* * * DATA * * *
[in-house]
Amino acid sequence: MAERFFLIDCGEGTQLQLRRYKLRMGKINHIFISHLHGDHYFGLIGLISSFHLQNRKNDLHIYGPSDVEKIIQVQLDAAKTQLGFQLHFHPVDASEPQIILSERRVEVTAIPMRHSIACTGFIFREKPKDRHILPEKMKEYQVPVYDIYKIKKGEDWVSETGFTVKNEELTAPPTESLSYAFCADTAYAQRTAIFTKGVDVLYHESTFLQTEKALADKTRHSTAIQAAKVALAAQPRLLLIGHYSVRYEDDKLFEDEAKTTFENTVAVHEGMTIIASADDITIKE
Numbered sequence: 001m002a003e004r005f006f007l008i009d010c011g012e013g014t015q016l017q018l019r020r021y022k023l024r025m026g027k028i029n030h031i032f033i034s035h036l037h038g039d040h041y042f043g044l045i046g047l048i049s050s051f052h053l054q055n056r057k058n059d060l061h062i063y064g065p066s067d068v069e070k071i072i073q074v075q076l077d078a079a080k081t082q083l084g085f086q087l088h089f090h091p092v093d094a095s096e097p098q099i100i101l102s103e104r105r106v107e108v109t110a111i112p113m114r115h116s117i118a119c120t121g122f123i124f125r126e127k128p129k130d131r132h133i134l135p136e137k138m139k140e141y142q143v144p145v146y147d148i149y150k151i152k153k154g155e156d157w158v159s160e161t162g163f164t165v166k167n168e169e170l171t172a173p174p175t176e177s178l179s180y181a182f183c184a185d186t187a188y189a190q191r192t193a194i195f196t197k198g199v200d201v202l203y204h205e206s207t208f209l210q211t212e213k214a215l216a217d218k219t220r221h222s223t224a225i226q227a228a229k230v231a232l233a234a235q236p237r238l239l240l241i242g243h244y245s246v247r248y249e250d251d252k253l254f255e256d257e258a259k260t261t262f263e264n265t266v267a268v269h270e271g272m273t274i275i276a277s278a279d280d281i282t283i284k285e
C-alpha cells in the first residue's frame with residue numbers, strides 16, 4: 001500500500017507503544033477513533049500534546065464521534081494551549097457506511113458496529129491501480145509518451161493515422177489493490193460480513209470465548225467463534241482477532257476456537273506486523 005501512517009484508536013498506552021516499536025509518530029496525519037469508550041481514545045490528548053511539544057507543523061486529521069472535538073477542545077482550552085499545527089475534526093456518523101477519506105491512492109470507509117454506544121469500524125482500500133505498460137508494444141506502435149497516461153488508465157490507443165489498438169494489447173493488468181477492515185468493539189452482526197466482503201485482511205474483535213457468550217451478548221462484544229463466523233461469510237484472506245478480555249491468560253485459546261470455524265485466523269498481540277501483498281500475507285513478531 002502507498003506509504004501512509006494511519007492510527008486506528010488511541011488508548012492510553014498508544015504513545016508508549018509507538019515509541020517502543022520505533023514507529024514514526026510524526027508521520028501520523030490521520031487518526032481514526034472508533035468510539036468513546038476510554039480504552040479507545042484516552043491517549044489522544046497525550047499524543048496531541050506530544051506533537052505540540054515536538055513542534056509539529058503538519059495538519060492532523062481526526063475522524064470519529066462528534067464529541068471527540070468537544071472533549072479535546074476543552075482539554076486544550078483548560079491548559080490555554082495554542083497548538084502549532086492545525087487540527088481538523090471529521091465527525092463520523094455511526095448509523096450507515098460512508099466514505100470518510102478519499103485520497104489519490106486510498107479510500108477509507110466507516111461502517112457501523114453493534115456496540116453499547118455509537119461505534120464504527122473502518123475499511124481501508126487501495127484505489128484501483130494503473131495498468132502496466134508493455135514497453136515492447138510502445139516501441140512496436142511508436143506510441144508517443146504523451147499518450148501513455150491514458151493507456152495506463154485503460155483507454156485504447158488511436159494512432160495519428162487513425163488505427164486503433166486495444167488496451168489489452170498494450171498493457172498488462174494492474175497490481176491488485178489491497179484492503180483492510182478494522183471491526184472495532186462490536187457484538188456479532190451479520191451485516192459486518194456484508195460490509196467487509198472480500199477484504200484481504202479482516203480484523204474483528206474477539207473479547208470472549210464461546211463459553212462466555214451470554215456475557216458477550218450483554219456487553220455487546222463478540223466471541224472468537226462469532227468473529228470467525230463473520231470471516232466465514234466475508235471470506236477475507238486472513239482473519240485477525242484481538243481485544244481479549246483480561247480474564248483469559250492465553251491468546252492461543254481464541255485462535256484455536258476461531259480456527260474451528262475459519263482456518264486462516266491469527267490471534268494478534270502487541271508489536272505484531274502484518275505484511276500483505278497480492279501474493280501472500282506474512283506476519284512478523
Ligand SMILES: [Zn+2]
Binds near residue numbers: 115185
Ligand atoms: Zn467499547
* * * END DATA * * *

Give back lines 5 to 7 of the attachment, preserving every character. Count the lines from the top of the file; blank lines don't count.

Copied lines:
Ligand SMILES: [Zn+2]
Binds near residue numbers: 115185
Ligand atoms: Zn467499547